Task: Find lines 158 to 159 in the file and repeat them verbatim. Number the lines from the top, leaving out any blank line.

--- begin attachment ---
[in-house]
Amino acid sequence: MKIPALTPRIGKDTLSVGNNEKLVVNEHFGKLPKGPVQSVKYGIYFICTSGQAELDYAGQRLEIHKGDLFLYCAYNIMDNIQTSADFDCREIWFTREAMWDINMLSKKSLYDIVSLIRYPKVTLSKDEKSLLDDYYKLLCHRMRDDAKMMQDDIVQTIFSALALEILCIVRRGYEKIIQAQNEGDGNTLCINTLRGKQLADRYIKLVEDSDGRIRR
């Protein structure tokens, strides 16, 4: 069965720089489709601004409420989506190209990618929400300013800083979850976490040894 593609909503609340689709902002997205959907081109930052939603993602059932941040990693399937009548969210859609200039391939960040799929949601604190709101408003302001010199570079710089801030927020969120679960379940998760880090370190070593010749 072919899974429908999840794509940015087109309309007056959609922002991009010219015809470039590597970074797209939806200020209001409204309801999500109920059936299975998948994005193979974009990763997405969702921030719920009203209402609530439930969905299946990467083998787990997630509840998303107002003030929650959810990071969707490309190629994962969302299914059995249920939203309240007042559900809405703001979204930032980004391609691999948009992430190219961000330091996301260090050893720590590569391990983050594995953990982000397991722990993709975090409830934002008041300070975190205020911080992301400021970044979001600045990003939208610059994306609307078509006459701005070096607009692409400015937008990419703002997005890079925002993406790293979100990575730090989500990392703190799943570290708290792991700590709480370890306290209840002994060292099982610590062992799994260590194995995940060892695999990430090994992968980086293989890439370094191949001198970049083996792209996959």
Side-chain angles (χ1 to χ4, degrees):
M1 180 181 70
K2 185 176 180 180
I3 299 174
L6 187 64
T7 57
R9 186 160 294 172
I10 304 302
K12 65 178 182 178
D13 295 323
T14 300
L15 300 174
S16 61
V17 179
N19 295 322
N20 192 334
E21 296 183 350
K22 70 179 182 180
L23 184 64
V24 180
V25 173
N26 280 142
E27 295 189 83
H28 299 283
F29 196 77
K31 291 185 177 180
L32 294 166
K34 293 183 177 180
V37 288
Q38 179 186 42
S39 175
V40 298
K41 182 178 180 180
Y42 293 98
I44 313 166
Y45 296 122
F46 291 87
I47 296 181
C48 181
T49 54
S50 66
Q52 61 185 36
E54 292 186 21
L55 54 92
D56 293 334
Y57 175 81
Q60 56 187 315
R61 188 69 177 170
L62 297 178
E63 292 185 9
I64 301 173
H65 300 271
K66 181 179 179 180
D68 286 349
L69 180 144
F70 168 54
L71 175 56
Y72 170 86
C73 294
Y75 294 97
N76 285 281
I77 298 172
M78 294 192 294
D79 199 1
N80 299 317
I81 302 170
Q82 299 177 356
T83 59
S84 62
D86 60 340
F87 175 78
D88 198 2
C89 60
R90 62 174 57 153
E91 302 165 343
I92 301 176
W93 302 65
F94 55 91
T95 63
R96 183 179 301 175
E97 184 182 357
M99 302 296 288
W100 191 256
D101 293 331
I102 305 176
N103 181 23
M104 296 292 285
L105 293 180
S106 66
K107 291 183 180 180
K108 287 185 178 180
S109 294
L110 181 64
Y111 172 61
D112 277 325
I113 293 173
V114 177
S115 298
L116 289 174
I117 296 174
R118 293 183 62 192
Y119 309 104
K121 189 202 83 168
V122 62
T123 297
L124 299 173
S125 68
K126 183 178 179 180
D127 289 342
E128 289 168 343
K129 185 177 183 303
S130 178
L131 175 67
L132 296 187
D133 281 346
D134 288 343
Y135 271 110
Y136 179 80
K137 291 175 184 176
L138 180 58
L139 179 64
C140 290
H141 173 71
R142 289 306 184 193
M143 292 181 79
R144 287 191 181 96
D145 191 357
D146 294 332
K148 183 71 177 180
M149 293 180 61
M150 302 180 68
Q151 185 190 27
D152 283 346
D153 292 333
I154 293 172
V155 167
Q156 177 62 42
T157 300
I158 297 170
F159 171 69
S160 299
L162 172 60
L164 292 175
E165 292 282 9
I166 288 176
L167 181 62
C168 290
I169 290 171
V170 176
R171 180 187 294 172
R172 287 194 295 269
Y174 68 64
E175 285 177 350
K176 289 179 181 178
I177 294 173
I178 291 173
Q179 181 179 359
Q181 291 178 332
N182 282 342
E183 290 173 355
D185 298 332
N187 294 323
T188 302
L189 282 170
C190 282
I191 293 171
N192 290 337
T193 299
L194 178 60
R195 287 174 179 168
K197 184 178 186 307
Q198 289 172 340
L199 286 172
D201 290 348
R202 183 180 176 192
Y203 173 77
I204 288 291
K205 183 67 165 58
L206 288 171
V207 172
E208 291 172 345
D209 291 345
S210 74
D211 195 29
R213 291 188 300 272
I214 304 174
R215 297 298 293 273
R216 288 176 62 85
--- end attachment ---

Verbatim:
I177 294 173
I178 291 173